via Has Mugabe seen the light? – DailyNews Live 26 MAY 2014
News that the cash-strapped government will review the indigenisation and empowerment policy with a view to lure investors, shows the seriousness of the economic situation facing the country.
Government announced at the weekend that there would be a review of the indigenous and empowerment policy to facilitate “sector-specific implementation.”
The review will allow investors to recover initial capital investment, receive an appropriate return on investment and recoup operational costs, it was said.
But there is no escaping from the fact that President Robert Mugabe and his colleagues in government have limited options to get the stuttering economy out of “jail.”
It is squeaky bum time for the leadership as the financial meltdown is being felt in huge proportions.
We have said it before, joining many choruses, how Mugabe and his cronies in Zanu PF need to adopt an approach that is investor-friendly in rolling out the implementation.
It must be noted that no one is against indigenisation and empowerment but its implementation in which former minister, Savior Kasukuwere, drove home the largely archaic one-size-fits-all, plan.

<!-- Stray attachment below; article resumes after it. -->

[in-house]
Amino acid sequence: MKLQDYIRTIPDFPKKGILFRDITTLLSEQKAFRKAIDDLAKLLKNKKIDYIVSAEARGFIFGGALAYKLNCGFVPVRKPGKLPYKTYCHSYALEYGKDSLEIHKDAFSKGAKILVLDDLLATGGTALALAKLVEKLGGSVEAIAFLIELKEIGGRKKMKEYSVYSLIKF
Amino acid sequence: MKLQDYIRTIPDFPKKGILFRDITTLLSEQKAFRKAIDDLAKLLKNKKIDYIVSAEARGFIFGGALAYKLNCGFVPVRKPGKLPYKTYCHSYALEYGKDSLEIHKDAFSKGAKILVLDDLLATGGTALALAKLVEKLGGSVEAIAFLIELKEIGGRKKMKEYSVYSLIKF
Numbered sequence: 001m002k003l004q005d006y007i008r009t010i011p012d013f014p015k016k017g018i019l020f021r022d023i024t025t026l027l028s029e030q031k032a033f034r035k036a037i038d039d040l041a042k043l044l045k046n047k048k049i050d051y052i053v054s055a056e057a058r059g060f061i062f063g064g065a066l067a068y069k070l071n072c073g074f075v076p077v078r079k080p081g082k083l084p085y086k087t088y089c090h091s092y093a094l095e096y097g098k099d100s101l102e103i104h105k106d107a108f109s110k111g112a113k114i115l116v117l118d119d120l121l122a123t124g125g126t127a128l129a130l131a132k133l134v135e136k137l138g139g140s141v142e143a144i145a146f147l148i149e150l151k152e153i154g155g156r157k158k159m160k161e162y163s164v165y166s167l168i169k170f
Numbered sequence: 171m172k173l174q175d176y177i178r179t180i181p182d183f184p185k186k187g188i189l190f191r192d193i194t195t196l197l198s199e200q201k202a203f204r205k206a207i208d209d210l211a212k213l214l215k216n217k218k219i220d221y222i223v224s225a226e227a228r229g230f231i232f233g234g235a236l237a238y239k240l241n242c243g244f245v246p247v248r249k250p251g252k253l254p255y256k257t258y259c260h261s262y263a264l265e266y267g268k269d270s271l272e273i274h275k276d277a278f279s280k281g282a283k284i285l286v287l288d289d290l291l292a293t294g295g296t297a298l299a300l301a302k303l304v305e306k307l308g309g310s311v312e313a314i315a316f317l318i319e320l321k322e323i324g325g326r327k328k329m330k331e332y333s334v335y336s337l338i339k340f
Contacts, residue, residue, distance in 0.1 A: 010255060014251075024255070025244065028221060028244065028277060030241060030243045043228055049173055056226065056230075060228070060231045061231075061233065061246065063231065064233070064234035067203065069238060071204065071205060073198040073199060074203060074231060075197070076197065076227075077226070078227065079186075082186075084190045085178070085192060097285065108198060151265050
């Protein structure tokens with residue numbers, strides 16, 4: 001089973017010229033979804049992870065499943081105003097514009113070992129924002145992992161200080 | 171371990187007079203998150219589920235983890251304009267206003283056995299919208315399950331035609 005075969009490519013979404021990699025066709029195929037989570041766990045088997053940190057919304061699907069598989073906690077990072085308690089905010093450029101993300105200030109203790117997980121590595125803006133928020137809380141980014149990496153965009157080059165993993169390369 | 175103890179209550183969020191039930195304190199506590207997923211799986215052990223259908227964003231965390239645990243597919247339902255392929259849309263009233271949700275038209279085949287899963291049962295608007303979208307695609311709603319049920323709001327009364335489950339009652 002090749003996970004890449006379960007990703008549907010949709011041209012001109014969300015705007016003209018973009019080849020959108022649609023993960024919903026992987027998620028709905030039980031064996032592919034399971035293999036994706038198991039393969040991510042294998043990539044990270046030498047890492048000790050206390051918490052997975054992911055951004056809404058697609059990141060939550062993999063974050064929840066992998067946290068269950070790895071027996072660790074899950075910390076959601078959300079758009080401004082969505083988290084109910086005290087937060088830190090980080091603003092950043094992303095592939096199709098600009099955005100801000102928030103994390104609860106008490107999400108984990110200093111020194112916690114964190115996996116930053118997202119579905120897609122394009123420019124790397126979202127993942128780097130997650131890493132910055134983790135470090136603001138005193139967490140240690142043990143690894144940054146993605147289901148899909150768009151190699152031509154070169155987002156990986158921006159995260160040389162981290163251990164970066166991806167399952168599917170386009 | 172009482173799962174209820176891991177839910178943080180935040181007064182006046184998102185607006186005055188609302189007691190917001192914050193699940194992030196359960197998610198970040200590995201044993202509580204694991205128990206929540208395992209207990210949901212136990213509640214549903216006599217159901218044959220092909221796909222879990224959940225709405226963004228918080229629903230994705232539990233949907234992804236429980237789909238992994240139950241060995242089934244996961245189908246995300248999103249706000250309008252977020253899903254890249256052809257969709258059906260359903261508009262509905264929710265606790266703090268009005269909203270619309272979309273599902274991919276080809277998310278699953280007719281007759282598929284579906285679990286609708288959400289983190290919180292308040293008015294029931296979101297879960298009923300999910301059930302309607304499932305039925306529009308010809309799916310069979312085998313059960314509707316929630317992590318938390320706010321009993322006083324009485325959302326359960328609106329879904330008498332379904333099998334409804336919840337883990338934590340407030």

Just like the land reform programme in which many cool heads favoured a phased takeover with compensation, the indigenisation has had the same effect — scaring away investors.
The negative ripple effects of this have been felt especially after last year’s elections which saw massive capital flight out of the economy. Capital is timid and those who own it are so suspicious of those that they deal with if there are cloudy issues.
Now that Mugabe’s government is beginning to smell the coffee, we expect an aggressive campaign to lure investors to these shores. There is no doubt that we need massive capital injection and foreign direct investment to resuscitate industry and other sectors of the economy that are in a comatose state.
The Zanu PF government must swallow its liberation pride which we all admire although it is wrongly mentioned whenever faulty lines are exposed in the liberation movement.
Times have changed.
The world is fast-paced and there is need to embrace policies that help Zimbabweans grow the economy and their personal lives.
This is why a new policy shift on indigenisation and empowerment tickles progressive minds.
More importantly, it is a subtle but very real admission that Zimbabwe’s leadership has noticed the warnings of the route to quicksand.